US stocks slid with the Dow Jones Industrial Average falling by more than 200 points on worries that China’s devaluation of its currency signaled increasing concern over the economic growth of the world’s biggest importer of raw materials.
The Dow Jones Industrial Average most recently fell 242 points or 1.42% at 17,373 points wiping out the previous session’s gains.
The S&P 500 benchmark Index most recently traded 25 points or 1.11% lower at 2079 points to completely reverse Monday’s gains.
The tech heavy Nasdaq Composite fell by 72 points or 1.4% to 5,030 points.
“We are looking at a pullback right now. The news of the Yuan raises suspicion regarding the economic growth outlook for China, that’s taking its toll on the markets,” Peter Cardillo, chief market economist at Rockwell Global Capital in New York, told Reuters.
The People’s Bank of China, the country’s central bank, on Tuesday morning moved to devalue its tightly controlled currency, the Yuan, following weaker than expected Chinese import and Export data over the weekend.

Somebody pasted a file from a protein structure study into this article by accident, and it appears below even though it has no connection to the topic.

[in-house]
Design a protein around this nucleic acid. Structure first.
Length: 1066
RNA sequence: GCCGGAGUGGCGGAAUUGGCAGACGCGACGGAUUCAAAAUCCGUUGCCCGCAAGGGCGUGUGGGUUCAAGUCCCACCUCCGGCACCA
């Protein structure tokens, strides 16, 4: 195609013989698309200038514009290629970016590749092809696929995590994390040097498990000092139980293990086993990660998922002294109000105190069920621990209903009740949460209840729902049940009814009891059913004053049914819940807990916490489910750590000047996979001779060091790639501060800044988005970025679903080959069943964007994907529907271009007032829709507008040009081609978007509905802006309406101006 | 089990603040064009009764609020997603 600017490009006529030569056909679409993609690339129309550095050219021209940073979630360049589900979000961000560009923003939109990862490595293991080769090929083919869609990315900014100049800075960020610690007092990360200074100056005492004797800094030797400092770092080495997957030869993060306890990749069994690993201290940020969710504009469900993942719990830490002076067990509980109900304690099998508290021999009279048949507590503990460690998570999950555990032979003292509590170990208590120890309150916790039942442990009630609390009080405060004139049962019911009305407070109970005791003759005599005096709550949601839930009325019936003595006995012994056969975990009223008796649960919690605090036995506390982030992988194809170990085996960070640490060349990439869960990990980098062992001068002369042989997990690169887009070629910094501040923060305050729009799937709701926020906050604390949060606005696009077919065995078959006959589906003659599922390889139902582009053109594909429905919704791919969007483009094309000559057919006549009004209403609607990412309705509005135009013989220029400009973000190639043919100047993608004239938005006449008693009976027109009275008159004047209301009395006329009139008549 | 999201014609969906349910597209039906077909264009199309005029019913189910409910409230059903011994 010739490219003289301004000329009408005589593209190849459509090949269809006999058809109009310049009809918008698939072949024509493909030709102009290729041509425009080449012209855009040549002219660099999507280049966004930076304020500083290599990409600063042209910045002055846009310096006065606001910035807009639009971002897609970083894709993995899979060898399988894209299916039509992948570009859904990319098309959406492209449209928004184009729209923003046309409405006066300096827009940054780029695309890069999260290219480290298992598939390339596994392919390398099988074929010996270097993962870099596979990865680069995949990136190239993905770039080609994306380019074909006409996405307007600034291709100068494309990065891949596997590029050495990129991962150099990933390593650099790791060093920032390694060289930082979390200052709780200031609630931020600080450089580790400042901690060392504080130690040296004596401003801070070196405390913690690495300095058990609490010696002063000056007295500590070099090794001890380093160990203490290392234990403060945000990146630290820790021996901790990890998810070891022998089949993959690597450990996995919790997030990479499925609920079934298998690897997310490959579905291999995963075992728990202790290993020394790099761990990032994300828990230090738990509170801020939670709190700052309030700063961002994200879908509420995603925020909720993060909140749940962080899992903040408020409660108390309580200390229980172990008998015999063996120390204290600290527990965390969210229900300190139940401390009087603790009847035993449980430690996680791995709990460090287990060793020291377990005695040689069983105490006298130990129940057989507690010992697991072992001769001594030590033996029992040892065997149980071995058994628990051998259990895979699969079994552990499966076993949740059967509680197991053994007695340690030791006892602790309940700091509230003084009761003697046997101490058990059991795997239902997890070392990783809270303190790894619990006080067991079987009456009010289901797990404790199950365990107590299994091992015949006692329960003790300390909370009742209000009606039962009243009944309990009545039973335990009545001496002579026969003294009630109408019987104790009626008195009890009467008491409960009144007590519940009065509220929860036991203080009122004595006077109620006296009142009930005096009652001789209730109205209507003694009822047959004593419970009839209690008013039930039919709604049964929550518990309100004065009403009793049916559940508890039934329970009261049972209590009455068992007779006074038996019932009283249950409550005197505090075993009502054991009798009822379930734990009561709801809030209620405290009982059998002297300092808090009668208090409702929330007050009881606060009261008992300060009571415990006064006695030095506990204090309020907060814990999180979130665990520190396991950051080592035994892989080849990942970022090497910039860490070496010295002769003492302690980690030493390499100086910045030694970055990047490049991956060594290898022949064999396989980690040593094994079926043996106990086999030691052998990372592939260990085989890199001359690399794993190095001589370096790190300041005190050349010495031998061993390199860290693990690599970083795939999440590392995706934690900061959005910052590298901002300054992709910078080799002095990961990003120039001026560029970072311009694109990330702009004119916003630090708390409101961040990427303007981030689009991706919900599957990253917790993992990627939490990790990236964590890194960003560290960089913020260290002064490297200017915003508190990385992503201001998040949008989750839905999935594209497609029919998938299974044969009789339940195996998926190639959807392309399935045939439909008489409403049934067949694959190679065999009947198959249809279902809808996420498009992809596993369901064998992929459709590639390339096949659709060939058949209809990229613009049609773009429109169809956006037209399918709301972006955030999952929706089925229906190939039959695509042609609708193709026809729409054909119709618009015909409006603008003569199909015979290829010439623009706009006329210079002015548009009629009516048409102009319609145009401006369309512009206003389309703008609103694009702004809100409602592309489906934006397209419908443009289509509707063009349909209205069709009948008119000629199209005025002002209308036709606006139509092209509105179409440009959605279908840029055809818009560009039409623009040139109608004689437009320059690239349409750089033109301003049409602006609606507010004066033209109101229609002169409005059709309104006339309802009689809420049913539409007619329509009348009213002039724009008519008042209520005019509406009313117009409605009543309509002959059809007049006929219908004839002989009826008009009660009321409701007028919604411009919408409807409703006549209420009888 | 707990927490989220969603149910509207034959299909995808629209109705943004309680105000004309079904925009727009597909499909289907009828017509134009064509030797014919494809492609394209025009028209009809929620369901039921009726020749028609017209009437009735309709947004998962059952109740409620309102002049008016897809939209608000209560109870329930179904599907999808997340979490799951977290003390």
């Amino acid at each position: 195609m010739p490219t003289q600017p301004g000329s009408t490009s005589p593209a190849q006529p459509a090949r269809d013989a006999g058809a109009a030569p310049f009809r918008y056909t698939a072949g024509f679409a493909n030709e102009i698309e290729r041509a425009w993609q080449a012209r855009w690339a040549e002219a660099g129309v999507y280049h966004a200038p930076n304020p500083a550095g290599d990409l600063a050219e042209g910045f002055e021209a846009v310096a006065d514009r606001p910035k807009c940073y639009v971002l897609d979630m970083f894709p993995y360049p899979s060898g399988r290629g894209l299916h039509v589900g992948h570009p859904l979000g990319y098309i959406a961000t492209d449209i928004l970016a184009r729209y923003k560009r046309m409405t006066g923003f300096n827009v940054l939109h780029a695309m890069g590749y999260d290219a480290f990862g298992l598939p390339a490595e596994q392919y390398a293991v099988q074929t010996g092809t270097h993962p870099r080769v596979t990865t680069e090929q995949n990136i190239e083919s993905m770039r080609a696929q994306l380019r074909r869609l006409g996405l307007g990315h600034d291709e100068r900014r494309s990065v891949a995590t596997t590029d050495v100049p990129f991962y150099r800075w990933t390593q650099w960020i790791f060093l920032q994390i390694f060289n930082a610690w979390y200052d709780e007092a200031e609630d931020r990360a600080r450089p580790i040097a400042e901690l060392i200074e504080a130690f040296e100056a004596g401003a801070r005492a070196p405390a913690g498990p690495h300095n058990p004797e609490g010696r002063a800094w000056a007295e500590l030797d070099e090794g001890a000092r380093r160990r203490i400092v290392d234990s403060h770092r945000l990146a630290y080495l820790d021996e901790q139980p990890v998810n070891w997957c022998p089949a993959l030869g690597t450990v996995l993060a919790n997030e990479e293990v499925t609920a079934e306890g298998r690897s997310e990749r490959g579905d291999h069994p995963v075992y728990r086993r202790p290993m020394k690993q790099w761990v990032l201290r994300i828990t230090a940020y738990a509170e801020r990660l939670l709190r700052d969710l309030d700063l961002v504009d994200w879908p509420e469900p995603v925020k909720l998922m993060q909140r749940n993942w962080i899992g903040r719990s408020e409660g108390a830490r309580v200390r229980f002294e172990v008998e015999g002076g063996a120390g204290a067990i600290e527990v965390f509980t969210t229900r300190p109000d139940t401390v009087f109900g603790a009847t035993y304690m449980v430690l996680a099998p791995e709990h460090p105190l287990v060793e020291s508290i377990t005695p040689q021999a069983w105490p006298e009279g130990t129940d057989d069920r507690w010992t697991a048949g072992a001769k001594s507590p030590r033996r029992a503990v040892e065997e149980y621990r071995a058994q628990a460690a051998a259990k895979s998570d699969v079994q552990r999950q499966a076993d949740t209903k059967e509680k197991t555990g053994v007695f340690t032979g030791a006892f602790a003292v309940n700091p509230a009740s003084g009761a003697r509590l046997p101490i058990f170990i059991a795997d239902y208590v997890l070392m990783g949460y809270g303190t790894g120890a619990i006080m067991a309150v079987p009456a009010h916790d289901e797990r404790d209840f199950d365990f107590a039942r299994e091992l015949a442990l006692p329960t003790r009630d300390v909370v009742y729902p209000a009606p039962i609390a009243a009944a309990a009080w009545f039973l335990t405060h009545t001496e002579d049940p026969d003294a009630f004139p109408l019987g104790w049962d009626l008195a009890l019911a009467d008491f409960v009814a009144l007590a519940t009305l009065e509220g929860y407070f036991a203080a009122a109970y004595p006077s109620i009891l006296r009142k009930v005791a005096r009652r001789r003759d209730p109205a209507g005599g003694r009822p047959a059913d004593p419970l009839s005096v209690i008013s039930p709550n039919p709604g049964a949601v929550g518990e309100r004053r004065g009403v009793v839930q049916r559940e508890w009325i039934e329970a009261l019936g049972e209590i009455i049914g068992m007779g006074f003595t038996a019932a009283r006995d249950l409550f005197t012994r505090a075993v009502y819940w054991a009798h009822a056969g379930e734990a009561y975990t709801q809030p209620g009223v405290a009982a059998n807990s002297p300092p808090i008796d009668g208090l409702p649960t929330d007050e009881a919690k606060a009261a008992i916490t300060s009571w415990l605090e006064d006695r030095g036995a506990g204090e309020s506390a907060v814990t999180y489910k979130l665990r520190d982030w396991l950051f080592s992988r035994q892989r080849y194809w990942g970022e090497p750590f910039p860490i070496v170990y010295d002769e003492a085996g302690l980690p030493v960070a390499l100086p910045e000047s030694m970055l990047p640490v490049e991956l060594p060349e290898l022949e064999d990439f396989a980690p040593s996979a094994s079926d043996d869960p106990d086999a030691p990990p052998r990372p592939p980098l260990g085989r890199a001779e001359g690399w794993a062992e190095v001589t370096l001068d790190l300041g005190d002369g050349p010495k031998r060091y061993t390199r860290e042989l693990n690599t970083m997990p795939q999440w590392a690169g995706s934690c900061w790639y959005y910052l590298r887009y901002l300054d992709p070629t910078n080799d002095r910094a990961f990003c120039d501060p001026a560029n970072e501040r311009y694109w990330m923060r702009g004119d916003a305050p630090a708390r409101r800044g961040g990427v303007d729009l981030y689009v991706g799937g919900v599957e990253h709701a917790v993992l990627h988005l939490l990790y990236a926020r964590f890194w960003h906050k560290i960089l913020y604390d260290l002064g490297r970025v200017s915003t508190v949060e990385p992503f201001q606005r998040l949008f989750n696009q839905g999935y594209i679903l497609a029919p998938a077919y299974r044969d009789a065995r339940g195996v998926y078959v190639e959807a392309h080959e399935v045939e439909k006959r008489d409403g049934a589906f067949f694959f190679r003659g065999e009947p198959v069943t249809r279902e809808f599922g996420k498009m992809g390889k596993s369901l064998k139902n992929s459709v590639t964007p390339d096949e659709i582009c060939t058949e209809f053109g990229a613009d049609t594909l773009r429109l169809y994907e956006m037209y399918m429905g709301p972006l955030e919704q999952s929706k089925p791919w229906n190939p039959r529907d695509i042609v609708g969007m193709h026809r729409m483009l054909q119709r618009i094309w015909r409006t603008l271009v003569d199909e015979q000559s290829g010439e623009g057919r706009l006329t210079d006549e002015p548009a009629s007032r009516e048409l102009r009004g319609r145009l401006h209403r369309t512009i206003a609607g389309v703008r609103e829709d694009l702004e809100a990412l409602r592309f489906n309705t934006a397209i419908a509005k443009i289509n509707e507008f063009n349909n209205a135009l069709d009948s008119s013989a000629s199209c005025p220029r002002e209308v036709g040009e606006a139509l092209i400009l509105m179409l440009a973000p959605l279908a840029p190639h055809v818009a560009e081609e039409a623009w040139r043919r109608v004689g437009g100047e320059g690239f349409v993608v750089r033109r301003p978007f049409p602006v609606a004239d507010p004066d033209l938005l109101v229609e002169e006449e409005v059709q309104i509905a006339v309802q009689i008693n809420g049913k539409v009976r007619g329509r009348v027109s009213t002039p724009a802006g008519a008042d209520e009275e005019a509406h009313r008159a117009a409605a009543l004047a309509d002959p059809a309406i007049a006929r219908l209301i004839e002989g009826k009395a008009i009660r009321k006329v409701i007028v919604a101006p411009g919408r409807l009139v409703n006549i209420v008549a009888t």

The move was the latest in a series of efforts by Beijing to halt the selloff it the country’s equities and to prop up the country’s economy.
“It’s another step by the People’s Bank to support the economy and stabilize the economy, which continues to weaken,” Craig Bishop, lead strategist of U.S. fixed-income strategies at RBC Wealth Management, told the Wall Street Journal.
“A slowdown in an economy of that size causes a lot of ripples.”
The devaluation, described as a one-off depreciation by the central bank, saw the dollar jump to its highest in more than three years against the Yuan further pressuring commodities.
The devaluation also boosted demand for treasuries and gold, which are seen as safe havens against market and economic volatility, and pressured commodities like oil; already battered by the ongoing glut.
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